What is Keyframe Interpolation in After Effects?
Interpolation in Mathematical terms is an estimated calculation of figuring out the unknown data points within a bunch of known values. (See Interpolation on Wikipedia).
And here is how Adobe defines the Interpolation:
“Interpolation is the process of filling in the unknown data between two known values” – (See interpolation on Adobe’s user guide).
In After Effects, Keyframe interpolation is the process of calculating the in-between frames between any two adjacent keyframes. When you add (at-least) two keyframes with different values on the timeline for a property, After Effects automatically calculates the in-between frames for the time between the keyframes. The After Effects Keyframe interpolation is of two types, namely Spatial and Temporal.
The visual representation of keyframe interpolation i.e. the Motion Path (explained further down the article here), could be seen for the Spatial (related to space) properties like Position etc. On a Motion Path for Position animation, the square points indicate the keyframes and dotted line connecting any two squares (keyframes) indicates the interpolated frames.
Check out this article on Keyframes – Keyframes in After Effects: Introduction
Proper understanding of the keyframe interpolation is the key really to have control over the animation that you are creating. So, let’s just dig right into it and breakdown the concepts of Spatial and Temporal Interpolation and see how they’re interconnected.
In this article, you’ll learn about:
Table of Contents
1. The After Effects’ Space-Time Continuum:
When we animate something in After Effects, we are essentially working with two types of dimensional quantities i.e. Space – 2 or 3 dimensional (with 2D or 3D coordinates) – and Time – Unidimensional but measured in FPS (Frames Per Second) to define seconds and minutes etc. These two quantities combined create what Dr. Emmett Brown says in movie “Back to the Future” a ‘Space-Time Continuum’. This Space-Time continuum is where all the physical quantities (i.e. objects/layers being animated) live.
The After Effects Space and Time
Since we’re working with space and time, the keyframe interpolation is further divided into Spatial (related to space) and Temporal (related to time). In After Effects, Space is the Composition Panel (viewer area) that we might have multiple layers in. And Time is measured and controlled in the Timeline.
In the After Effects Space-Time Continuum, Composition (space) and Timeline (time) are interconnected. And that is in a way that the keyframes reside in the Timeline (under the Layer Bar) and in case of Spatial properties such as Position, we see a visual representation in the Comp Viewer (space) as a Motion Path (See Motion Path here).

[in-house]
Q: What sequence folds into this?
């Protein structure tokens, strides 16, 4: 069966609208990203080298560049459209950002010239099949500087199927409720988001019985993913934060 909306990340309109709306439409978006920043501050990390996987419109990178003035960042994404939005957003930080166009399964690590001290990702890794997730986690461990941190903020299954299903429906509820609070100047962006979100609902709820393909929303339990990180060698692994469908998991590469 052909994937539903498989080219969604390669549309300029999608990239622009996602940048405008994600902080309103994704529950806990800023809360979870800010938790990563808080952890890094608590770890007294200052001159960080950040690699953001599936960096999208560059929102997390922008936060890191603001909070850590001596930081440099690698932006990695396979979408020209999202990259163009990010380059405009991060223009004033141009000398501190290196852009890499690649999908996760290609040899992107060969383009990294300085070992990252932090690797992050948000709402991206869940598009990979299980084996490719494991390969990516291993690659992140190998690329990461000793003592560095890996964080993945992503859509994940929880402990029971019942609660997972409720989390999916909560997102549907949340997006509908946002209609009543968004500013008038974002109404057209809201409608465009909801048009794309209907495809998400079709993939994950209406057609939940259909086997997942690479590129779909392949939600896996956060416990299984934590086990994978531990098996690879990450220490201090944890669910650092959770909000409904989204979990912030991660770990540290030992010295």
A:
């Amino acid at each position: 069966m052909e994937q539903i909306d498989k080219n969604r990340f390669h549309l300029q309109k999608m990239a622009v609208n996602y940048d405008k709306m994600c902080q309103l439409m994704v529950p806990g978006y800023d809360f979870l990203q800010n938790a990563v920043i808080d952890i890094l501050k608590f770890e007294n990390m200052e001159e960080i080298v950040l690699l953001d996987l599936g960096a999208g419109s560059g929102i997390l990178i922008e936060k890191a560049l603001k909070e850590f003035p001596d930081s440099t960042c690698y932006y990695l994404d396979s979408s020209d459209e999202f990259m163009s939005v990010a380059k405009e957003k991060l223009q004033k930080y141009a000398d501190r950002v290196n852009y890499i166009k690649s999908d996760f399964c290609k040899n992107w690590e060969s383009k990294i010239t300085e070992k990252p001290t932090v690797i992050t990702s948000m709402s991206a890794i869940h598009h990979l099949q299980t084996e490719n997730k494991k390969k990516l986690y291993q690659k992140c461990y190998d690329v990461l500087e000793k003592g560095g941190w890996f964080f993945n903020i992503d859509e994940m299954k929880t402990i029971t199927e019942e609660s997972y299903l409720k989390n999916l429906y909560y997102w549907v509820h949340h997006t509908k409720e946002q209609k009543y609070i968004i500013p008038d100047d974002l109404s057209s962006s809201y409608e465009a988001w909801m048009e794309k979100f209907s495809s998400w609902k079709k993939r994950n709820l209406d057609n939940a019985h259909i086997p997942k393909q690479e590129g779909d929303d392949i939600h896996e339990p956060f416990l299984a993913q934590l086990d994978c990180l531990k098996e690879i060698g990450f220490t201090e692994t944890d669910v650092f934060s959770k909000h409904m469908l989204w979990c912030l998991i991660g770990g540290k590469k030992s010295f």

Changing Spatial Interpolation to Continuous Bezier
Joined Bezier Handles (i.e. Continuous Bezier)
Which means, you can make changes to the Spatial Interpolation and values of the keyframes in the timeline including the Graph Editor and see the results and make changes to Spatial attributes such as Beziers and keyframe points for Motion Paths in the Composition Panel (Viewer Area) and vice versa.
Changing temporal Interpolation in Timeline
Making speed changes in the Speed Graph
Temporal Interpolation on the other hand can be changed from the timeline and to make the speed and motion related changes, we’ll have to turn to the Graph Editor which of course is also a part of the timeline.
The S Bit Fun Fact:
The original idea of a Space-Time Continuum for our Universe is based on Albert Einstein’s famous Theory of Relativity. But we took help from it to explain how space and time are linked in After Effects.
2. What are Motion Paths in After Effects?
It is an established fact that to animate a property in After Effects we put at least two keyframes (begin and end) to have the desired change. But you will also notice that, once you animate a Spatial Property such as Position, there will be a dotted line connecting the two or more square points in space of the object being animated, depicting the trajectory of the upcoming motion. These square points connecting this dotted line represent the keyframes, and the dotted line itself is what’s known as the ‘Motion path’.
Motion Path in After Effect
The Motion Path is an amazing representation of several things. It tells us about the Spatial path of the animation, the dots represent the position of the layer/object at each frame of the entire animated duration and the square points which represent the keyframes, also tell us about the Spatial Interpolation of each keyframe (more about Spatial Interpolation here).